NOT since 2001: A Space Odyssey has a film come along that's such a marvel of moviemaking and a frustrating test of comprehension as Cloud Atlas.
The latest work by Andy and Lana Wachowski, the minds behind The Matrix, re-imagines the art of moviemaking by creating a product that finds cohesion in confusion, distinction in disorder and symmetry in asymmetry. Starring Tom Hanks and Halle Berry in a variety of roles in a variety of timelines, it takes an omnipotent look at how actions affect past and future generations as told through six stories set in diverse time periods covering a 500-year span.
Unlike the original book by David Mitchell that was generally linear in design, the Wachowski siblings, along with Tom Tykwer, have written a script that bounces forward and backward through time, never resting too long in one era.
It's easy to admire the brilliant craftsmanship that went into making of the film. It takes a lot more concentration to fully appreciate the method in what appears to be six lifetimes of madness. Three stars
-- Rick Bentley, The Fresno Bee
Liz & Dick
PUBLIC fascination with Elizabeth Taylor endures. Cleopatra, famous as much for launching her romance with Richard Burton as for any cinematic virtue, will get a 50th-anniversary release on DVD and Blu-ray on May 28.
Lindsay Lohan, too, remains an object of interest, as much for her many personal and legal struggles as for her occasional demonstrations of acting ability. So from a publicity standpoint alone, the casting of Lohan as Taylor in the TV movie Liz & Dick must have seemed like a good idea.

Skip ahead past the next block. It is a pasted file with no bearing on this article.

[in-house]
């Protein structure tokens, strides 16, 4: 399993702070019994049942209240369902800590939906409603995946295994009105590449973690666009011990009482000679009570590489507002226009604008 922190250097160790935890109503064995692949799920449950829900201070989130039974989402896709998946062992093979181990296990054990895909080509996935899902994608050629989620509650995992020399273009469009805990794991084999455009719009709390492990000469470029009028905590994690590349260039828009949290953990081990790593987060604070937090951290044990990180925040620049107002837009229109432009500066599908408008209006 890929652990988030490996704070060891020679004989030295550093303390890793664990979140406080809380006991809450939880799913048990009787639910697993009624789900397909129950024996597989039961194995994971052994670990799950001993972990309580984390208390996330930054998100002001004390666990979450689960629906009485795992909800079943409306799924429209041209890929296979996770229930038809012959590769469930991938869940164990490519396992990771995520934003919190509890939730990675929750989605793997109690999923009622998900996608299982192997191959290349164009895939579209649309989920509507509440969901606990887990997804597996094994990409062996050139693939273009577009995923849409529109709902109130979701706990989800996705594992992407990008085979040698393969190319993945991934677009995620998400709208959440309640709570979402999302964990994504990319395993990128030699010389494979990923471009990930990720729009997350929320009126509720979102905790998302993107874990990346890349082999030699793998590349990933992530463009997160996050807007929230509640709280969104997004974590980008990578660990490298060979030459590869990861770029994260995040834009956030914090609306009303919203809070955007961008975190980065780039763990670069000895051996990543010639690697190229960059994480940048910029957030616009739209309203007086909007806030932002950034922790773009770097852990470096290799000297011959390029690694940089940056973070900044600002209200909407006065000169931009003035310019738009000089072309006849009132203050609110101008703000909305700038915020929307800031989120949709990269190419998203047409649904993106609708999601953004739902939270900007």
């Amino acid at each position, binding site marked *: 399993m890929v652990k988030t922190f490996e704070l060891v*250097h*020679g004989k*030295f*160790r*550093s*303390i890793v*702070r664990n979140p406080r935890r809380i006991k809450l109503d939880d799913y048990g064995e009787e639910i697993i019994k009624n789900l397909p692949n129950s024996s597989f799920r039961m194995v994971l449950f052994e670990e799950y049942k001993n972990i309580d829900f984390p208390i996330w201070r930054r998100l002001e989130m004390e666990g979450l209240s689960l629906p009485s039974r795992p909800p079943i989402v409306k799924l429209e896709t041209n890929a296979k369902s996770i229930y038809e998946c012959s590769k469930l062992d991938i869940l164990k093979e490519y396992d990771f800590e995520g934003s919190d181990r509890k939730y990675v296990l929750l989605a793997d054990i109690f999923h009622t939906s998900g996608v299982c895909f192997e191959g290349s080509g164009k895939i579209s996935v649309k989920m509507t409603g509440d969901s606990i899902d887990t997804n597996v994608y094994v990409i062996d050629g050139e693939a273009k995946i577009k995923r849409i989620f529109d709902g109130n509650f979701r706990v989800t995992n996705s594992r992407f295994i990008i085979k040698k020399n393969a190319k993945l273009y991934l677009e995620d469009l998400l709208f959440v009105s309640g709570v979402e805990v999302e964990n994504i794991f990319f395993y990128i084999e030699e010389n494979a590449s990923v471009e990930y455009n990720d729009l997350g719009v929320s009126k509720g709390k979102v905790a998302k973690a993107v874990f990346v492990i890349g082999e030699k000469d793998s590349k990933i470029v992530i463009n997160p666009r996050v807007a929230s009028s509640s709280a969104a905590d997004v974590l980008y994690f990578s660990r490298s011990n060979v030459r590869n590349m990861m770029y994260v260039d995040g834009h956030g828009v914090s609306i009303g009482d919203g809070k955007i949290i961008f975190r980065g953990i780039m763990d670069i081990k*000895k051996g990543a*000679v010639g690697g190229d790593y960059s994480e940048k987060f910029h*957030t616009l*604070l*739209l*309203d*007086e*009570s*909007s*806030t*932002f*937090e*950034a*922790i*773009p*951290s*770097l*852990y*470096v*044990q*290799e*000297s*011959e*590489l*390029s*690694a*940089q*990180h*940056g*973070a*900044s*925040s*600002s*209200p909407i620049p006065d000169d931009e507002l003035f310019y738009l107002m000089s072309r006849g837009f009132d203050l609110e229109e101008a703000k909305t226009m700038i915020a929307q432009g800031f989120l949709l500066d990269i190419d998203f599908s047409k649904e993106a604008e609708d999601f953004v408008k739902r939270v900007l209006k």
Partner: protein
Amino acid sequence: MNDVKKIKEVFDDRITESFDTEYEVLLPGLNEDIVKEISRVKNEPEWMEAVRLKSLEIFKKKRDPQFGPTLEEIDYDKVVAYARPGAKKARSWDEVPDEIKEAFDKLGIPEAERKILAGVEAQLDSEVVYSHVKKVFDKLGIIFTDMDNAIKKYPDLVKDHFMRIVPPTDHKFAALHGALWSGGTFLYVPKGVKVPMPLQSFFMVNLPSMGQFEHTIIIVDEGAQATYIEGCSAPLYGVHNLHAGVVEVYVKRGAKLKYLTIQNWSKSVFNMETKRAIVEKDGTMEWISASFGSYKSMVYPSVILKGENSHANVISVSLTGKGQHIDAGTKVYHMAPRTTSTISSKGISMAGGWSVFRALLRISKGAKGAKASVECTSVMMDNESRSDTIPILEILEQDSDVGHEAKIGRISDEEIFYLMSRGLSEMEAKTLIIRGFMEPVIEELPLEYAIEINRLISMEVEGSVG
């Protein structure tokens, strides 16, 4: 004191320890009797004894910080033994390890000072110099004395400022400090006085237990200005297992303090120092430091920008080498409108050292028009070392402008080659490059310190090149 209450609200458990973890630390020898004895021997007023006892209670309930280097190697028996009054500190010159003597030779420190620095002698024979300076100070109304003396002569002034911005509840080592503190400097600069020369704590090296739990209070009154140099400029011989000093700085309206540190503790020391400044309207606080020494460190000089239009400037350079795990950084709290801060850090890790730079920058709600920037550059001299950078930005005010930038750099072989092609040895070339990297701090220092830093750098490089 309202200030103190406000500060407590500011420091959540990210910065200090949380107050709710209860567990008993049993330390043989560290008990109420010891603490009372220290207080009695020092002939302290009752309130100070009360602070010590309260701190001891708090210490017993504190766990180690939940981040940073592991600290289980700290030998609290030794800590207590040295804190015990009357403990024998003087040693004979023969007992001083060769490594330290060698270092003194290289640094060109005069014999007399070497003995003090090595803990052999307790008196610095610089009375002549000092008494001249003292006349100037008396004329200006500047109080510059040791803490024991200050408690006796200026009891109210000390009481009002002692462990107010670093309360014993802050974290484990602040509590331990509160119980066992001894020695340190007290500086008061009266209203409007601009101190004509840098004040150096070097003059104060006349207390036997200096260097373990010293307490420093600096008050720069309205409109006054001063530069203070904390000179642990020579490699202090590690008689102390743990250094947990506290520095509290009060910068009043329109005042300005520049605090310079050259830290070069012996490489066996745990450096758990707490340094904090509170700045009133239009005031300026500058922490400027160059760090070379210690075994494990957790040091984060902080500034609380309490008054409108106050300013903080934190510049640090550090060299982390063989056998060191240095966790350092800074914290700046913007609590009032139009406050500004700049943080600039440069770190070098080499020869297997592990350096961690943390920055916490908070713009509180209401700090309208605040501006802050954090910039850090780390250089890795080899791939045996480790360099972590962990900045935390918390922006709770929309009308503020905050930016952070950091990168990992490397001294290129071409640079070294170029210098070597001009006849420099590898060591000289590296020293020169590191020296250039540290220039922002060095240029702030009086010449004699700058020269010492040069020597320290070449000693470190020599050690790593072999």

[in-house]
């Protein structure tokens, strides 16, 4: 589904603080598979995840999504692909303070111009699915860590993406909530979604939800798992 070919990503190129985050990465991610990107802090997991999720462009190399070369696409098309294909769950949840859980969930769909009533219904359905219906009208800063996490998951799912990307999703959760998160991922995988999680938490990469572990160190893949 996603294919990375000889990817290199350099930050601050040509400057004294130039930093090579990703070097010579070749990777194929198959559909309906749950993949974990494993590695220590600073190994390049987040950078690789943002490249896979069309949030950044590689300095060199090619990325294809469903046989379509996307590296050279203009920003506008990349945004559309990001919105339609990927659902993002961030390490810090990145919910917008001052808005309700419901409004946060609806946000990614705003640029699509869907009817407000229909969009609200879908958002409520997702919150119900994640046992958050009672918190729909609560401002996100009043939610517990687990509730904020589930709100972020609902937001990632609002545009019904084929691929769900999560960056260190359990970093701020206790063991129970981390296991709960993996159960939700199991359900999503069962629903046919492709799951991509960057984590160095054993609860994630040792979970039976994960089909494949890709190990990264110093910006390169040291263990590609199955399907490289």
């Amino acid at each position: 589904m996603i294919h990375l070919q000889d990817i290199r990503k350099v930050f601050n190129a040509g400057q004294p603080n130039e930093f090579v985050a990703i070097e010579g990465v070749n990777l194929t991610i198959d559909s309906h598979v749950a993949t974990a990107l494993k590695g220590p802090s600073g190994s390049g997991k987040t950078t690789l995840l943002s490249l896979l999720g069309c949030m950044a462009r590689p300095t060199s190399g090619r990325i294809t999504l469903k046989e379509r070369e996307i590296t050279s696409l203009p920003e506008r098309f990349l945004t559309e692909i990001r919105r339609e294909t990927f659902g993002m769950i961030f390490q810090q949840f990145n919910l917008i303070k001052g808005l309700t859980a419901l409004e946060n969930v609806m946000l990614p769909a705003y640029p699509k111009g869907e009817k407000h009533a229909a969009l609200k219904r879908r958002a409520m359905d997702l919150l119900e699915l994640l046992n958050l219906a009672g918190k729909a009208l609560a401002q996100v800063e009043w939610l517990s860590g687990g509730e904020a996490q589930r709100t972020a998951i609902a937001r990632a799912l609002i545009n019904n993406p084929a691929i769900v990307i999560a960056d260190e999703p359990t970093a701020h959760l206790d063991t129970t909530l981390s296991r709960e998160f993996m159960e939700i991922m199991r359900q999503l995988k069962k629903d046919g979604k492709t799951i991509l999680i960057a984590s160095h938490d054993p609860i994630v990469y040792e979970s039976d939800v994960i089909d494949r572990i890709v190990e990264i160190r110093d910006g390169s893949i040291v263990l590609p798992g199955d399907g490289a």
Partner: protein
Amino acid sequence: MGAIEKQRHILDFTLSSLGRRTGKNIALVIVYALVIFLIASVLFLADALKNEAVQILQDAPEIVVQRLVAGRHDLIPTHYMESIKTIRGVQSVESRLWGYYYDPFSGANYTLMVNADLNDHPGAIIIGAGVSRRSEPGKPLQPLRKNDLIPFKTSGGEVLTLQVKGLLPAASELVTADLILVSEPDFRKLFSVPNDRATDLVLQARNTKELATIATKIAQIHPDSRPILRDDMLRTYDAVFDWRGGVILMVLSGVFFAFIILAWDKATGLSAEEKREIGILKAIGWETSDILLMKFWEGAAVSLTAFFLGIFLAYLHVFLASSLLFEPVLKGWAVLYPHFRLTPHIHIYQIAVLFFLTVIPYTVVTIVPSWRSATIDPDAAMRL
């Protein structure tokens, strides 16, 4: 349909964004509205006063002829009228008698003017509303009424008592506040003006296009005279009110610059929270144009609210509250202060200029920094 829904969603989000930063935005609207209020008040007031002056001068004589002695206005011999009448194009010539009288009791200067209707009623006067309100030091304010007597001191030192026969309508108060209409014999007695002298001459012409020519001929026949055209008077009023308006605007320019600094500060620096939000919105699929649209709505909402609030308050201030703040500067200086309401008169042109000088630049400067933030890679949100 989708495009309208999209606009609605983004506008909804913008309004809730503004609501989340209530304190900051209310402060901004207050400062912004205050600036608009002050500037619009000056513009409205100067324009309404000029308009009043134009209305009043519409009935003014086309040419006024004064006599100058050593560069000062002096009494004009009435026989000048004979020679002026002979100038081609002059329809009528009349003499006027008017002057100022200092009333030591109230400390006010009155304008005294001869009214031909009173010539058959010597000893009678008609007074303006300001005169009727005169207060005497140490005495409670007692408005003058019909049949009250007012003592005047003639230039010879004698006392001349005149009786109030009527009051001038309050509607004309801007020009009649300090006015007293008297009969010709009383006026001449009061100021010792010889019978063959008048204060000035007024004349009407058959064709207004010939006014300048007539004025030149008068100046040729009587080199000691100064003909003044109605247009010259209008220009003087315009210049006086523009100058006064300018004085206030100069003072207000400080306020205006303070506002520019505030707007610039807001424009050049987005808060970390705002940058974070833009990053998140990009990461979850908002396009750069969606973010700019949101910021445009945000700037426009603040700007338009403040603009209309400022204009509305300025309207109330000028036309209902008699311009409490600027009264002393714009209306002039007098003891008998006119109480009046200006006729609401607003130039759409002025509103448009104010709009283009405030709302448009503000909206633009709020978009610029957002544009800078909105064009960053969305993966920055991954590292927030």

But, as you can see on DVD, the movie did little help Lohan's reputation or to demonstrate what it was about Taylor that so mesmerized the public.
As the movie title suggests, it focuses on the Taylor-Burton relationship from Cleopatra through marriage and divorce, and remarriage and re-divorce, and on until Burton's death in 1984. (Taylor died in 2011.)
As I said when the movie aired on Lifetime in November, it is a story of two people who seemed ill-matched -- she a child of the movies, he a once-poor Welshman acclaimed for stage work including Shakespeare -- but who were besotted with each other, embarking on adventures that were very costly, both financially and emotionally. Taylor's mantra is "I want more" -- more of Burton, more diamonds -- but Burton is shown as wanting a lot of what Taylor has, including not only real stardom, but an Academy Award to go with her two. (He never won.)
The movie was widely mocked, but I think a lot of that had to do with the ill will Lohan has accumulated with her tabloid exploits. Grant Bowler, who plays Burton, acts well enough, and Lohan makes some moments work. But the movie overall is flat, and Lohan is miscast -- wrong for Taylor in terms of voice and physicality, no matter how much eye makeup she wears. And the DVD is rather shabby, the extras consisting of brief "interview" segments with the stars and production people; Lohan's and Bowler's seem to have been shot hastily, and poorly miked, with their voices echoing in the room. Two stars
-- Rich Heldenfels, Akron Beacon Journal